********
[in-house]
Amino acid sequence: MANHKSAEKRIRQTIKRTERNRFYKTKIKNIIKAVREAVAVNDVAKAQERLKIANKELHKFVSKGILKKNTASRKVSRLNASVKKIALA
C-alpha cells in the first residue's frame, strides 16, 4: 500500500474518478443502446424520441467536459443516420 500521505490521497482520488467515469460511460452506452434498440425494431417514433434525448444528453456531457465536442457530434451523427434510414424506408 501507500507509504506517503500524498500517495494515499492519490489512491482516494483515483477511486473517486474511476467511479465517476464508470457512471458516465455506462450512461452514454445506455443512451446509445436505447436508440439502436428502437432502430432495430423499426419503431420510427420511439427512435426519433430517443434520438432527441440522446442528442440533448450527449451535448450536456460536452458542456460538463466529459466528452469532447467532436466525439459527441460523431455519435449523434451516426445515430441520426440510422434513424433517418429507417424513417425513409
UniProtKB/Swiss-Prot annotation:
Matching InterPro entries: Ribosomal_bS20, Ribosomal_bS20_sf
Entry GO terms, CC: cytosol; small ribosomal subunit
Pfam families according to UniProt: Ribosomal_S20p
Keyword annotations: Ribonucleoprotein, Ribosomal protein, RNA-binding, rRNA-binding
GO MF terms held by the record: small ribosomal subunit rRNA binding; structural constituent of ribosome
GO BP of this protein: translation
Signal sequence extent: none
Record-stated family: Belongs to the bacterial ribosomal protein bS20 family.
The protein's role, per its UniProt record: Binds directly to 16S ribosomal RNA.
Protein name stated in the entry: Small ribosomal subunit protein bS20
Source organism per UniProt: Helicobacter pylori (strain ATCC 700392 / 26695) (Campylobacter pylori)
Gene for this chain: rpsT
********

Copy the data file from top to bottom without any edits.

[in-house]
Amino acid sequence: MANHKSAEKRIRQTIKRTERNRFYKTKIKNIIKAVREAVAVNDVAKAQERLKIANKELHKFVSKGILKKNTASRKVSRLNASVKKIALA
C-alpha cells in the first residue's frame, strides 16, 4: 500500500474518478443502446424520441467536459443516420 500521505490521497482520488467515469460511460452506452434498440425494431417514433434525448444528453456531457465536442457530434451523427434510414424506408 501507500507509504506517503500524498500517495494515499492519490489512491482516494483515483477511486473517486474511476467511479465517476464508470457512471458516465455506462450512461452514454445506455443512451446509445436505447436508440439502436428502437432502430432495430423499426419503431420510427420511439427512435426519433430517443434520438432527441440522446442528442440533448450527449451535448450536456460536452458542456460538463466529459466528452469532447467532436466525439459527441460523431455519435449523434451516426445515430441520426440510422434513424433517418429507417424513417425513409
UniProtKB/Swiss-Prot annotation:
Matching InterPro entries: Ribosomal_bS20, Ribosomal_bS20_sf
Entry GO terms, CC: cytosol; small ribosomal subunit
Pfam families according to UniProt: Ribosomal_S20p
Keyword annotations: Ribonucleoprotein, Ribosomal protein, RNA-binding, rRNA-binding
GO MF terms held by the record: small ribosomal subunit rRNA binding; structural constituent of ribosome
GO BP of this protein: translation
Signal sequence extent: none
Record-stated family: Belongs to the bacterial ribosomal protein bS20 family.
The protein's role, per its UniProt record: Binds directly to 16S ribosomal RNA.
Protein name stated in the entry: Small ribosomal subunit protein bS20
Source organism per UniProt: Helicobacter pylori (strain ATCC 700392 / 26695) (Campylobacter pylori)
Gene for this chain: rpsT